Touch in Scripture
In Michelangelo’s Creation of Adam, painted on the ceiling of the Sistine Chapel, the artist depicts God extending his right finger to Adam’s to impart life. Although God’s finger is about to touch Adam’s, the tip of his finger is already showing signs of life in an otherwise limp grey-like hand. The finger of the paternal right hand of God comes from the medieval hymn, Veni Creator Spiritus. The hand of God is said to direct the universe, for God’s personal touch shapes all things.
In an act of faith, Moses stretched out his hand, and the Lord God set back the waters (Ex 14:17). In his Incarnation, Jesus, a carpenter by trade, used his hands to make things and as healing instruments (Mt 8:3; 15; 21; 9:21; 20:34). A sinner kissed the feet of Jesus and wiped them with her hair. A woman touched the hem of Jesus’ garment, and she was healed. Jesus held children in his arms. Judas betrayed Jesus with a kiss, and the risen Lord bade Thomas to touch the wounds of the Master.
In the reception of Holy Communion, Catholics taste and touch the Body and Blood of Christ. They sign themselves with the sign of the cross during the liturgy, and offer one another a gesture of peace with the hand. In his last moments on the cross, Jesus utters the Psalmist’s prayer to his Father, “Into your hands, I commend my spirit” (Lk 23:46).
Touched By God
If we admit the sense of touch in the physical order, then we should have no difficulty in admitting the reality of spiritual touch. What can we make of a person who is convinced that God has touched his or her soul? Is this a vision in which God has physically embraced the soul? When a person is attuned to God, he or she acts on the touch or the prompting of grace at work within it.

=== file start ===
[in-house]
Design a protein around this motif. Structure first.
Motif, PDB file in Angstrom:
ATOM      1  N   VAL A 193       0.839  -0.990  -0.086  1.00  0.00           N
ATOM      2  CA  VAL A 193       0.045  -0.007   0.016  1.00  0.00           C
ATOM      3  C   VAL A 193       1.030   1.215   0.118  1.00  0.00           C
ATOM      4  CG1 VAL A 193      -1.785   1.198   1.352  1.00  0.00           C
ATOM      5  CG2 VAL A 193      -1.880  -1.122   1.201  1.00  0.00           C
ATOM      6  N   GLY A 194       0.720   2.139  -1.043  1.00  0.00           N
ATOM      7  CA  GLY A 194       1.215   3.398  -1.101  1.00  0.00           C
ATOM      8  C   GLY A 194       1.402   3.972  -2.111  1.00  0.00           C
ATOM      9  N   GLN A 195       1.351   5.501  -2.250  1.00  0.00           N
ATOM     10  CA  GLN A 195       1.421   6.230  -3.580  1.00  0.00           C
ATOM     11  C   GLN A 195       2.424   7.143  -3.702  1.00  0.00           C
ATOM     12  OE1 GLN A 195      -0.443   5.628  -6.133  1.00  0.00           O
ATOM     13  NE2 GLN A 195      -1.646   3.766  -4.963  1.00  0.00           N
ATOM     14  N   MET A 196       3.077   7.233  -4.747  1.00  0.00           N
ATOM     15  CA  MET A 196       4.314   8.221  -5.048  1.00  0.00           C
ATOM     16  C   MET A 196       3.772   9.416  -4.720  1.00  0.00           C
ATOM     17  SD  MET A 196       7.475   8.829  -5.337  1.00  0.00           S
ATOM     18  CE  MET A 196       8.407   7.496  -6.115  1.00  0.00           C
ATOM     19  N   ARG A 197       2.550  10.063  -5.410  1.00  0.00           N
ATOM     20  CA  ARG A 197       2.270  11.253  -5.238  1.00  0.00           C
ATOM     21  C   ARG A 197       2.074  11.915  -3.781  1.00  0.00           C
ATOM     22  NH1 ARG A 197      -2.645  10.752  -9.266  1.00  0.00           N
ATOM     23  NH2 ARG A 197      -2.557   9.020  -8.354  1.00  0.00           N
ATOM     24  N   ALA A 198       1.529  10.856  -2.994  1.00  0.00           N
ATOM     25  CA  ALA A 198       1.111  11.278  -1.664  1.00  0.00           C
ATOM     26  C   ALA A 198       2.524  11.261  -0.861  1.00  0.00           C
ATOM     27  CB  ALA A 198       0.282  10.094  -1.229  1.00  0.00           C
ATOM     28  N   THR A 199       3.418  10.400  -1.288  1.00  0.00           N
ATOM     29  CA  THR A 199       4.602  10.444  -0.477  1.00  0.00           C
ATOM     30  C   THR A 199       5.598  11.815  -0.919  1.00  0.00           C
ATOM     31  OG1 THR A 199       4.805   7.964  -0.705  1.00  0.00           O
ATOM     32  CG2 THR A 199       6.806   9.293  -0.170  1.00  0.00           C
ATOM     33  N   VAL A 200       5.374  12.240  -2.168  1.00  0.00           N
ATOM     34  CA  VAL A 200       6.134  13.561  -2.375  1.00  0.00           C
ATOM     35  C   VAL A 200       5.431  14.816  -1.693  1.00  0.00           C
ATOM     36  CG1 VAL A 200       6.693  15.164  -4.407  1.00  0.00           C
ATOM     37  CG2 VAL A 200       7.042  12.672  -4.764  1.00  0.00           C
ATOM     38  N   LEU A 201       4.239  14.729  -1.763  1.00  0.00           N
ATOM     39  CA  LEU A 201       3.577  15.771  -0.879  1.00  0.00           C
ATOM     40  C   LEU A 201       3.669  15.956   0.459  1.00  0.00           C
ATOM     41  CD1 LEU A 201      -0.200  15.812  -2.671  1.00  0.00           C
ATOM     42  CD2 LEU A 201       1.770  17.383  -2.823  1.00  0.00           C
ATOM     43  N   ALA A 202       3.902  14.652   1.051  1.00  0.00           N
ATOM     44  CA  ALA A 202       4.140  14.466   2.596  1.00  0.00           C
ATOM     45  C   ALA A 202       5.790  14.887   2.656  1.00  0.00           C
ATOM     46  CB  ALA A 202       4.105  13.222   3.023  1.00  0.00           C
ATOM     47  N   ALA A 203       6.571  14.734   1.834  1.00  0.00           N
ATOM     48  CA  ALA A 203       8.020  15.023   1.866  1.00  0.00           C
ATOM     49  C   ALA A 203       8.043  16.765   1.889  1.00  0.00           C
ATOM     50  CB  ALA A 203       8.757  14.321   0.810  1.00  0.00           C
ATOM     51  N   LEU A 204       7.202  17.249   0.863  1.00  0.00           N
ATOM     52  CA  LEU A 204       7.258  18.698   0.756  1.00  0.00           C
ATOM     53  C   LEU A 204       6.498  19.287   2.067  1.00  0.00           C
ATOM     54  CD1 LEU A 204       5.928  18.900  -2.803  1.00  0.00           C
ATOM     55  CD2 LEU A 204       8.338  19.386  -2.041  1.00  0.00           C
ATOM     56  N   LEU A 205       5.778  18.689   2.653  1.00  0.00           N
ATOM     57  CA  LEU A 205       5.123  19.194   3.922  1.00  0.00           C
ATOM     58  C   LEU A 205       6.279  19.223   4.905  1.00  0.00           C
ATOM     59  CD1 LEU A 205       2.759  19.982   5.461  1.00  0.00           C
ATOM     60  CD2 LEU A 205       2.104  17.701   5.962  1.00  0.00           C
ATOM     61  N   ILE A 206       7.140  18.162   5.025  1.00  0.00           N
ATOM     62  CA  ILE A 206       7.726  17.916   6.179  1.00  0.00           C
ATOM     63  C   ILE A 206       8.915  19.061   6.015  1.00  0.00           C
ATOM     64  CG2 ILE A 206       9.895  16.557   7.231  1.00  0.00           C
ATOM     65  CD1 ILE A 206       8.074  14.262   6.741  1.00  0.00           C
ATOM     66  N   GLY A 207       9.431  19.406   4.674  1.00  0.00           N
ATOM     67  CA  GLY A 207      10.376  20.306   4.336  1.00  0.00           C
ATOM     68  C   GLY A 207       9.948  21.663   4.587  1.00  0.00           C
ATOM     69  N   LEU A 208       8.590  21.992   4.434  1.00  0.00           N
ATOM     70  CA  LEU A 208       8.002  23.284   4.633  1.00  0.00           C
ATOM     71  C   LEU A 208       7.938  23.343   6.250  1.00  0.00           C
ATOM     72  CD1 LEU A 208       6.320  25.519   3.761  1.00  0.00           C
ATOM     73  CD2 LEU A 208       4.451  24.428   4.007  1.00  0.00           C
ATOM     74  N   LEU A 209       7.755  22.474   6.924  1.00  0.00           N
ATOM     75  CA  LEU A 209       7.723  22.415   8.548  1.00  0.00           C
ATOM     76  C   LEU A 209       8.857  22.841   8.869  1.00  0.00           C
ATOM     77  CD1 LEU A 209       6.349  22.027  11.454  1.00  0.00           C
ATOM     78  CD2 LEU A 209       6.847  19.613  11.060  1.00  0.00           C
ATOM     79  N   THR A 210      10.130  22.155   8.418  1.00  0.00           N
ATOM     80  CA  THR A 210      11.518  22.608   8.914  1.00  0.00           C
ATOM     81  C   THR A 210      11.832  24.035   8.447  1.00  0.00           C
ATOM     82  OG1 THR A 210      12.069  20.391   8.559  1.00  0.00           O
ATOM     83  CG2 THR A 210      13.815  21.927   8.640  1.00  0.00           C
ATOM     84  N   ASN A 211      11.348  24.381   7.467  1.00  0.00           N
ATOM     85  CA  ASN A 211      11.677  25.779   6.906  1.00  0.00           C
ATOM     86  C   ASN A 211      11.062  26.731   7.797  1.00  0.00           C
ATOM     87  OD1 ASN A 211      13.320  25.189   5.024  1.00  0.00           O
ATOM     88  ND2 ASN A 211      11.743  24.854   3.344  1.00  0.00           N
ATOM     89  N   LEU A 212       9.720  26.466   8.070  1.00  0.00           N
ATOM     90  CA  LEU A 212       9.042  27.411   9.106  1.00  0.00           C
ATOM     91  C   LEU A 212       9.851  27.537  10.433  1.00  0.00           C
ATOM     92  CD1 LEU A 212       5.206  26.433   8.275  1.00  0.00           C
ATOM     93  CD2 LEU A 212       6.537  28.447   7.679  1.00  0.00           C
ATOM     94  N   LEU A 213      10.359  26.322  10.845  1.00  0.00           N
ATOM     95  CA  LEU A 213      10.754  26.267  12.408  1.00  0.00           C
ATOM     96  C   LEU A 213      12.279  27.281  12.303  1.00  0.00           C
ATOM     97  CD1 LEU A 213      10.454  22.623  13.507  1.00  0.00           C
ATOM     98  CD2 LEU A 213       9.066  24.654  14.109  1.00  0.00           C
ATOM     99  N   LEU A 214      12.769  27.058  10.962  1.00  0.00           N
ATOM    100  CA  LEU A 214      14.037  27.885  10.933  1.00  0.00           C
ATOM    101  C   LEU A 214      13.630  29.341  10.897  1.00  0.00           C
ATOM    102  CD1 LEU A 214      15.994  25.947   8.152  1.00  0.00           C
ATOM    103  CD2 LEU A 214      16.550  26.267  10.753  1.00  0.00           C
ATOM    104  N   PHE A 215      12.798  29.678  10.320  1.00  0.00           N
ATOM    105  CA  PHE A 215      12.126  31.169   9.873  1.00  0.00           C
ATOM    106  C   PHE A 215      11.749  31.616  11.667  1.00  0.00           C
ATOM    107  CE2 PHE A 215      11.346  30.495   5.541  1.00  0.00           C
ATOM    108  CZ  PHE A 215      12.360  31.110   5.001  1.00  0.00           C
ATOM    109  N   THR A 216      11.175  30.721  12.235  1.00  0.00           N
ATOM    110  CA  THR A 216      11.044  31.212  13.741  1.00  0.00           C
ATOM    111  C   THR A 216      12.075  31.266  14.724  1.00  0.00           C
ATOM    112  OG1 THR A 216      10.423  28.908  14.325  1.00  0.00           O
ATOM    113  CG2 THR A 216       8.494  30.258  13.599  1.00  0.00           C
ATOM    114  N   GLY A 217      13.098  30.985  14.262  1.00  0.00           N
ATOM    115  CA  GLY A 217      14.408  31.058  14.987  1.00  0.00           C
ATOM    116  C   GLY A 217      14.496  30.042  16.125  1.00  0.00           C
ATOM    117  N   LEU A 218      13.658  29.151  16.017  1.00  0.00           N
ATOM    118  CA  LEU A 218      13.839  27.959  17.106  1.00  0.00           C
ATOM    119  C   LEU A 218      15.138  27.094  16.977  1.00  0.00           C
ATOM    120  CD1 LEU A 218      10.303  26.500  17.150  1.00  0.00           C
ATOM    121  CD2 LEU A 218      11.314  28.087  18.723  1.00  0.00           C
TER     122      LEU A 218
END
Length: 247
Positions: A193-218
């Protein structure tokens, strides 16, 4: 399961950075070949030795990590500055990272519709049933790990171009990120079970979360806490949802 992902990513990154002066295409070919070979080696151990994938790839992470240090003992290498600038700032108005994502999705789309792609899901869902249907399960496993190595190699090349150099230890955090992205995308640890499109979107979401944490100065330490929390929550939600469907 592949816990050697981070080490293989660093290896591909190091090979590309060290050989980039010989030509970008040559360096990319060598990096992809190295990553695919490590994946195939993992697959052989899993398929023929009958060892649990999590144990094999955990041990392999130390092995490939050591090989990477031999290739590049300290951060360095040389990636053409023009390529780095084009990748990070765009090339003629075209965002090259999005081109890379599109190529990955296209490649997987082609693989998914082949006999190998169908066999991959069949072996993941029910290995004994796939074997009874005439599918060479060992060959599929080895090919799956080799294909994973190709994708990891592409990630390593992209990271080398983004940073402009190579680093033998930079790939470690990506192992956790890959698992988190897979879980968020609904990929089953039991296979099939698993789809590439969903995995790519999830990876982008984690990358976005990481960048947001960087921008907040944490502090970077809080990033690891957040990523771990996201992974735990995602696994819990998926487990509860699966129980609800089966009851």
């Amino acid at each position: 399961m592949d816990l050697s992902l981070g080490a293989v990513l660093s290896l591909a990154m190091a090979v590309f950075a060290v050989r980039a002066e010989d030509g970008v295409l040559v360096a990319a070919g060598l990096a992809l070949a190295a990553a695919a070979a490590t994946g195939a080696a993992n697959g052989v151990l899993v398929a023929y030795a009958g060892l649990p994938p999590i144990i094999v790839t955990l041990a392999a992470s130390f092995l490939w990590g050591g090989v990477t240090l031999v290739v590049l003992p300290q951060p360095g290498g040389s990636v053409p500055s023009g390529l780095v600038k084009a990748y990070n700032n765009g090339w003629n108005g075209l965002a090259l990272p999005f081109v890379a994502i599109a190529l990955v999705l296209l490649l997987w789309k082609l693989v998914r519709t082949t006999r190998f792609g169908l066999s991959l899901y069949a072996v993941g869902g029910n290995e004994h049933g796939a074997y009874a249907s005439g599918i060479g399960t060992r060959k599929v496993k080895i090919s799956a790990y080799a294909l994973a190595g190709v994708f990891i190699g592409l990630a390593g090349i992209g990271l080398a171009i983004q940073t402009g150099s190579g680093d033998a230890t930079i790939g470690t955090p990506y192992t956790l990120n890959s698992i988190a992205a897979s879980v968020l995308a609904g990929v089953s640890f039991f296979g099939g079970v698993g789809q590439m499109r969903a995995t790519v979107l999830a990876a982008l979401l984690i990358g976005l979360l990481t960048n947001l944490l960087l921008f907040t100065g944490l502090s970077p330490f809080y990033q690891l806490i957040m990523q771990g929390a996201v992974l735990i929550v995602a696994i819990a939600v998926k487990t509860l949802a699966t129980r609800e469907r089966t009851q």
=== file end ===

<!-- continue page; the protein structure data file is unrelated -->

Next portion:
Children must be taught early that as their life of faith matures, God’s Spirit inspires them to virtue. It is the evil spirit that lures them into doing wrong and to sin against the gift of touch.
The educator is charged with many responsibilities, and among the greatest is respect for the gift of touch.
Finally . . .
Faith is a fully human and dynamic act engaging the whole person. To ignore or denigrate the senses is to fall into errors that resemble Gnosticism. This esoteric heresy spiritualizes the body, intellectualizes holiness, and denigrates matter. Having originated in the pagan world, Gnosticism insists that the human body is evil and the material world is irredeemable. Salvation comes only through knowledge (gnosis), and it is Jesus who brought this gnosis into the world. Accordingly, only the purely spiritual person will be saved. In the second century, St Irenaeus of Lyons refuted Gnosticism by proclaiming the goodness of creation and what is material. The underlying tenets of Gnosticism exist today in the guise of some New Age movements. Gnosticism dilutes the meaning of the Incarnation. Jesus in his human person affirmed that the physical and spiritual faculties act in harmony with each other. Catholic educators must teach this harmony, however difficult it is. With the example of Jesus himself, it will not prove impossible to overcome a culture that defines the senses downward, especially the sense of touch.